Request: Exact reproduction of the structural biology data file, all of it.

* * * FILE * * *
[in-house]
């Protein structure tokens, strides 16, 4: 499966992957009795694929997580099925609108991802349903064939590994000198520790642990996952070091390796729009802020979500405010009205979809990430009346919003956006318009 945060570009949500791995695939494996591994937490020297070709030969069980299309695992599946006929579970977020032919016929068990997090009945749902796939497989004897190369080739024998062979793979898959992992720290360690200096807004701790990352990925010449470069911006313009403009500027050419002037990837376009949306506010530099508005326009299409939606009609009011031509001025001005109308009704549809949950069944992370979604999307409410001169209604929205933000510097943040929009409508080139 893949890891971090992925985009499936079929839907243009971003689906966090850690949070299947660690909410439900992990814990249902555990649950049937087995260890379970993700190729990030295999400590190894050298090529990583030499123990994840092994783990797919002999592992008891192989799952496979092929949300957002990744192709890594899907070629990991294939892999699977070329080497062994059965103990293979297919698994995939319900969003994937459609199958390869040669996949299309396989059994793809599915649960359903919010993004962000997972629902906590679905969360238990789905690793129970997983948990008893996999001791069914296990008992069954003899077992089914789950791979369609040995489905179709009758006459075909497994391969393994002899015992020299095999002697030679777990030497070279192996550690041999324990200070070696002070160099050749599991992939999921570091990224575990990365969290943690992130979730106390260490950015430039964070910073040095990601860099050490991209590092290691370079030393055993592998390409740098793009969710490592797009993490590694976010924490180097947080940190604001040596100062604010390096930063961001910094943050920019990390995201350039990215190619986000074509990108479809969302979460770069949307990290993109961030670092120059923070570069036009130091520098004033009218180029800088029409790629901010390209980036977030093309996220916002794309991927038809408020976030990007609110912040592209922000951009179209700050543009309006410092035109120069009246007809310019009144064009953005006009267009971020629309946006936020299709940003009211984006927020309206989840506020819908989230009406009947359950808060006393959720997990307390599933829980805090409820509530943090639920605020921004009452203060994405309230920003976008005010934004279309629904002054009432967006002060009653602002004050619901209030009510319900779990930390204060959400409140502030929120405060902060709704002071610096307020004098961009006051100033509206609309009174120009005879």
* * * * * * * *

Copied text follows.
[in-house]
């Protein structure tokens, strides 16, 4: 499966992957009795694929997580099925609108991802349903064939590994000198520790642990996952070091390796729009802020979500405010009205979809990430009346919003956006318009 945060570009949500791995695939494996591994937490020297070709030969069980299309695992599946006929579970977020032919016929068990997090009945749902796939497989004897190369080739024998062979793979898959992992720290360690200096807004701790990352990925010449470069911006313009403009500027050419002037990837376009949306506010530099508005326009299409939606009609009011031509001025001005109308009704549809949950069944992370979604999307409410001169209604929205933000510097943040929009409508080139 893949890891971090992925985009499936079929839907243009971003689906966090850690949070299947660690909410439900992990814990249902555990649950049937087995260890379970993700190729990030295999400590190894050298090529990583030499123990994840092994783990797919002999592992008891192989799952496979092929949300957002990744192709890594899907070629990991294939892999699977070329080497062994059965103990293979297919698994995939319900969003994937459609199958390869040669996949299309396989059994793809599915649960359903919010993004962000997972629902906590679905969360238990789905690793129970997983948990008893996999001791069914296990008992069954003899077992089914789950791979369609040995489905179709009758006459075909497994391969393994002899015992020299095999002697030679777990030497070279192996550690041999324990200070070696002070160099050749599991992939999921570091990224575990990365969290943690992130979730106390260490950015430039964070910073040095990601860099050490991209590092290691370079030393055993592998390409740098793009969710490592797009993490590694976010924490180097947080940190604001040596100062604010390096930063961001910094943050920019990390995201350039990215190619986000074509990108479809969302979460770069949307990290993109961030670092120059923070570069036009130091520098004033009218180029800088029409790629901010390209980036977030093309996220916002794309991927038809408020976030990007609110912040592209922000951009179209700050543009309006410092035109120069009246007809310019009144064009953005006009267009971020629309946006936020299709940003009211984006927020309206989840506020819908989230009406009947359950808060006393959720997990307390599933829980805090409820509530943090639920605020921004009452203060994405309230920003976008005010934004279309629904002054009432967006002060009653602002004050619901209030009510319900779990930390204060959400409140502030929120405060902060709704002071610096307020004098961009006051100033509206609309009174120009005879």